Session 2: Zero replacement strategieshttp://hdl.handle.net/10256/6232016-02-07T06:53:13Z2016-02-07T06:53:13ZMarkov chain montecarlo method applied to rounding zeros of compositional data: first approachMartín Fernández, Josep AntoniPalarea Albaladejo, JavierGómez García, Juanhttp://hdl.handle.net/10256/6632012-11-19T08:56:33Z2003-10-15T00:00:00ZMarkov chain montecarlo method applied to rounding zeros of compositional data: first approach
Martín Fernández, Josep Antoni; Palarea Albaladejo, Javier; Gómez García, Juan
Martín Fernández, Josep Antoni; Thió i Fernández de Henestrosa, Santiago
As stated in Aitchison (1986), a proper study of relative variation in a compositional data set should be based on logratios, and dealing with logratios excludes dealing with zeros. Nevertheless, it is clear that zero observations might be present in real data sets, either because the corresponding part is completely
absent –essential zeros– or because it is below detection limit –rounded zeros. Because the second kind of zeros is usually understood as “a trace too small to measure”, it seems reasonable to replace them by a suitable small value, and this has been the traditional approach. As stated, e.g. by Tauber (1999) and by
Martín-Fernández, Barceló-Vidal, and Pawlowsky-Glahn (2000), the principal problem in compositional data analysis is related to rounded zeros. One should be careful to use a replacement strategy that does not seriously distort the general structure of the data. In particular, the covariance structure of the involved
parts –and thus the metric properties– should be preserved, as otherwise further analysis on subpopulations could be misleading. Following this point of view, a non-parametric imputation method is
introduced in Martín-Fernández, Barceló-Vidal, and Pawlowsky-Glahn (2000). This method is analyzed in depth by Martín-Fernández, Barceló-Vidal, and Pawlowsky-Glahn (2003) where it is shown that the
theoretical drawbacks of the additive zero replacement method proposed in Aitchison (1986) can be overcome using a new multiplicative approach on the non-zero parts of a composition. The new approach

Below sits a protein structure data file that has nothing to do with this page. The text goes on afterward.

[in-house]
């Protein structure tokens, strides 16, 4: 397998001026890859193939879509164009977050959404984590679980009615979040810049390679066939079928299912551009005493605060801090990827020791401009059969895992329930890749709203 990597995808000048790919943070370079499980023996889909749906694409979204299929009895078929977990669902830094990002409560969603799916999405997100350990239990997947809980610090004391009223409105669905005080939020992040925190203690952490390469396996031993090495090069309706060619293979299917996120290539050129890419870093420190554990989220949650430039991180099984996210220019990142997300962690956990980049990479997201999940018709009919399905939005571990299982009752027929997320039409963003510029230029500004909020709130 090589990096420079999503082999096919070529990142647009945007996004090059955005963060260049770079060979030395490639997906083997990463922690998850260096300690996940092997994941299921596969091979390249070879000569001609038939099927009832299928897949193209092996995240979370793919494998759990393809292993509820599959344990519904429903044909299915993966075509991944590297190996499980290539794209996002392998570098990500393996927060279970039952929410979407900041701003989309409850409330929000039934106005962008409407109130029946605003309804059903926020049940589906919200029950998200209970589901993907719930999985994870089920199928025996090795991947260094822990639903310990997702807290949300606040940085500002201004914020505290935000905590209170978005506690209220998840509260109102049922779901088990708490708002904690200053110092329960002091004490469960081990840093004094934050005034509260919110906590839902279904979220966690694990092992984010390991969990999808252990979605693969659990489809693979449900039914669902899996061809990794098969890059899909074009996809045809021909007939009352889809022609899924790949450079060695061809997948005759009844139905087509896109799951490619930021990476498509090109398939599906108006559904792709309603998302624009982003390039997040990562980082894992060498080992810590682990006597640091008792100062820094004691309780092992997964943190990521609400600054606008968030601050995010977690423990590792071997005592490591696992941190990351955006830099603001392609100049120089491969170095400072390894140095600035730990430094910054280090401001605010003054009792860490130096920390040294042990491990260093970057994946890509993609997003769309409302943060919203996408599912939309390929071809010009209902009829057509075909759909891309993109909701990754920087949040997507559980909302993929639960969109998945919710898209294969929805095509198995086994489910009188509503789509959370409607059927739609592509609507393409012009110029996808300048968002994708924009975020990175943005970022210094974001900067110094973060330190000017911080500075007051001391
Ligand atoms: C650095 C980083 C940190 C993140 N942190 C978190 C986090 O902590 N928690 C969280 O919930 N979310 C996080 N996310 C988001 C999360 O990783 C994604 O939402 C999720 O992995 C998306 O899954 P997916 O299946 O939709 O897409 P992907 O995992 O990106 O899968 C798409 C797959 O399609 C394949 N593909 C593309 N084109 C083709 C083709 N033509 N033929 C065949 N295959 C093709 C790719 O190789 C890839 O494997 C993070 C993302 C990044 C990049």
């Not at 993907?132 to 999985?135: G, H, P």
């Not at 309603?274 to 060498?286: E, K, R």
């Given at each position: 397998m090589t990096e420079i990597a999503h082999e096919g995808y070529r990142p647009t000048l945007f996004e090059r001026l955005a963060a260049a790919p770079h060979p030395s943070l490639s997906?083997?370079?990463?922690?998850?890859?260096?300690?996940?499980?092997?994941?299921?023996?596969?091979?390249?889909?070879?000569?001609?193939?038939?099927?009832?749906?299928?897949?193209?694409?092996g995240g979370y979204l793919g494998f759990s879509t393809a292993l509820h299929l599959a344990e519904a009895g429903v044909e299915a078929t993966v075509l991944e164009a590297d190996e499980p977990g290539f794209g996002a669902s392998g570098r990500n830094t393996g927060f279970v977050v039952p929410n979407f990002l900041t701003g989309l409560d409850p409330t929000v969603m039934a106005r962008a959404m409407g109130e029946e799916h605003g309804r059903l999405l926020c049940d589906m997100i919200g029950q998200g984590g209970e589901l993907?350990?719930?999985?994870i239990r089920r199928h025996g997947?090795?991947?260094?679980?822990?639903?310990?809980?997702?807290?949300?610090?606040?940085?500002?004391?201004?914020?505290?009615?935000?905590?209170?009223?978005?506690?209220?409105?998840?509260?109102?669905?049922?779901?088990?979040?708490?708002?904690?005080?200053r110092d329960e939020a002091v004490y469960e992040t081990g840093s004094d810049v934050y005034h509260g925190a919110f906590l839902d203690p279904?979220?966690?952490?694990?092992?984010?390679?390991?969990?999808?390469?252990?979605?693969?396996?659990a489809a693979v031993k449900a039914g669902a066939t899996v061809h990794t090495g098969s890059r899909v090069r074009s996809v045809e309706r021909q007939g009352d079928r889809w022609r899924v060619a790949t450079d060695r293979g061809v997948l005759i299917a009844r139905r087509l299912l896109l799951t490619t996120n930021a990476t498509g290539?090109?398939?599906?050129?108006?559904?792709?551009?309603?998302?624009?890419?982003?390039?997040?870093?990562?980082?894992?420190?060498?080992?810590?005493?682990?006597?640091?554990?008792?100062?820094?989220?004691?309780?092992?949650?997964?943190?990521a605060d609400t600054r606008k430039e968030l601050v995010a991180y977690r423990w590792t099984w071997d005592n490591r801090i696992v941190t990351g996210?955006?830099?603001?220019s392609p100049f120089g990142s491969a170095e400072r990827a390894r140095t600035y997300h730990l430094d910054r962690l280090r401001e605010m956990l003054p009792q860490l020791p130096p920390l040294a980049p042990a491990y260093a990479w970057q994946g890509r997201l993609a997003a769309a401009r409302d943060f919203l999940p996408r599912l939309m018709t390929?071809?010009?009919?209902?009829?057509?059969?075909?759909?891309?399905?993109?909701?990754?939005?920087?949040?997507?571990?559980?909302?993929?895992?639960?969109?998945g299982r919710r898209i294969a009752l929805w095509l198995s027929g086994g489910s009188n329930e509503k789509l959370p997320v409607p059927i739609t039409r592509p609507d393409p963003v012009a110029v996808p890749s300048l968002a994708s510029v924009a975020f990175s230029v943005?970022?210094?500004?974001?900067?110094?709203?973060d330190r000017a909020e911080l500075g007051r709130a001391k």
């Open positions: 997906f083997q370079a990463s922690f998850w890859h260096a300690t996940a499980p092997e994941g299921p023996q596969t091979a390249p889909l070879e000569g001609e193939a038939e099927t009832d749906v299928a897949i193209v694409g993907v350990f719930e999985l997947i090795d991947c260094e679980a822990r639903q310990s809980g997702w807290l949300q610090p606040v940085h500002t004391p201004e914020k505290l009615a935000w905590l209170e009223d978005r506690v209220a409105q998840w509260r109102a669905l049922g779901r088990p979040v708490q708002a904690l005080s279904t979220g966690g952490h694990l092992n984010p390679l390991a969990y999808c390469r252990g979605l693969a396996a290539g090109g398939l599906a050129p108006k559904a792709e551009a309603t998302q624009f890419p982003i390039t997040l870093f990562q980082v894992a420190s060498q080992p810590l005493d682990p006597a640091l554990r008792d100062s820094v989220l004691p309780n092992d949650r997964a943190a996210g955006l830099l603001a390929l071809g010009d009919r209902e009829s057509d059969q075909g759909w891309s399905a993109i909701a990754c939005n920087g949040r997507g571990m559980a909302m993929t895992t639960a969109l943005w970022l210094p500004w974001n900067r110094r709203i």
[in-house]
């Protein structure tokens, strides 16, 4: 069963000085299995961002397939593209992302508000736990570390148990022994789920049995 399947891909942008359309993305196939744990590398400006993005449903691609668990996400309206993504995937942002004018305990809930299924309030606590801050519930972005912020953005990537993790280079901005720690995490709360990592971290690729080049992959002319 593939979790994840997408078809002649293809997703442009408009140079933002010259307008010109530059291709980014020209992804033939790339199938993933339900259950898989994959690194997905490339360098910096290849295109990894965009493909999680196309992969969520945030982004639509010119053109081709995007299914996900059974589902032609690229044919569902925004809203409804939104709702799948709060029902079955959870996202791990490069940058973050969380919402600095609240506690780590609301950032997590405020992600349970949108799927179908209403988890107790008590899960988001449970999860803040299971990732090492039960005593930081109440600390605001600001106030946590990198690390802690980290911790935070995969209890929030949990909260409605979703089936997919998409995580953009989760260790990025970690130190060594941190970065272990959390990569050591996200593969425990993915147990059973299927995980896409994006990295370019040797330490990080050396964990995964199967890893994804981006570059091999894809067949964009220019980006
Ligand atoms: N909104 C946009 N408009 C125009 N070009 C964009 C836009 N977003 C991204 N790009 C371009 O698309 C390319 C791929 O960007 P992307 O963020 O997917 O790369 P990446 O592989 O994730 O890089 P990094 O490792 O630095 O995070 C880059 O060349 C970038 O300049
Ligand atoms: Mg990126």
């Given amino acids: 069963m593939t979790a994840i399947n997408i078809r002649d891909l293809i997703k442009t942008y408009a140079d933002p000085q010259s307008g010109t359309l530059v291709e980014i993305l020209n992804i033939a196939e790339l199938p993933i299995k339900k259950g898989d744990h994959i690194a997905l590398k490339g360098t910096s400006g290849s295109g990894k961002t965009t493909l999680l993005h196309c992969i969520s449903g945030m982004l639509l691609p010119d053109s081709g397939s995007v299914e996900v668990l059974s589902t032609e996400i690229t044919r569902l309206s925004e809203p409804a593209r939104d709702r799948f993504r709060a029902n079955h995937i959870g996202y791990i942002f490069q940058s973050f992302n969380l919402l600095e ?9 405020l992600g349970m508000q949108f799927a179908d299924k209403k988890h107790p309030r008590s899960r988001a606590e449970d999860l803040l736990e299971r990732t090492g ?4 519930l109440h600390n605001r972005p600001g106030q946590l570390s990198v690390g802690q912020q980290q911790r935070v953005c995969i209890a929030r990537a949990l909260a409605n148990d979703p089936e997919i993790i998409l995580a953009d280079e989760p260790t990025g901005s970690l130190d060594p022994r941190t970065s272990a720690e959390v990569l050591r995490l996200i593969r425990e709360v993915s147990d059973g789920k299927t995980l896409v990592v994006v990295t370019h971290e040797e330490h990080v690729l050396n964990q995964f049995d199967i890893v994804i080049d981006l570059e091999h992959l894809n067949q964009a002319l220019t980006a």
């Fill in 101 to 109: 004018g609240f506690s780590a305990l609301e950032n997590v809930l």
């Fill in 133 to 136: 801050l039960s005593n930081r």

has reasonable properties from a compositional point of view. In particular, it is “natural” in the sense that
it recovers the “true” composition if replacement values are identical to the missing values, and it is coherent with the basic operations on the simplex. This coherence implies that the covariance structure of subcompositions with no zeros is preserved. As a generalization of the multiplicative replacement, in the
same paper a substitution method for missing values on compositional data sets is introduced
2003-10-15T00:00:00ZModelling structural zeros in compositional dataBacon Shone, Johnhttp://hdl.handle.net/10256/6612012-06-28T12:30:36Z2003-10-15T00:00:00ZModelling structural zeros in compositional data
Bacon Shone, John
Thió i Fernández de Henestrosa, Santiago; Martín Fernández, Josep Antoni
This analysis was stimulated by the real data analysis problem of household
expenditure data. The full dataset contains expenditure data for a sample of 1224 households. The expenditure is broken down at 2 hierarchical levels: 9 major levels (e.g. housing, food, utilities etc.) and 92 minor levels. There are also 5 factors and 5 covariates at the household level. Not surprisingly, there are a small number of zeros at the major level, but many zeros at the minor level. The question is how best to model the zeros. Clearly, models that try
to add a small amount to the zero terms are not appropriate in general as at least some of the zeros are clearly structural, e.g. alcohol/tobacco for households that are teetotal. The key question then is how to build suitable conditional models. For example, is the sub-composition of spending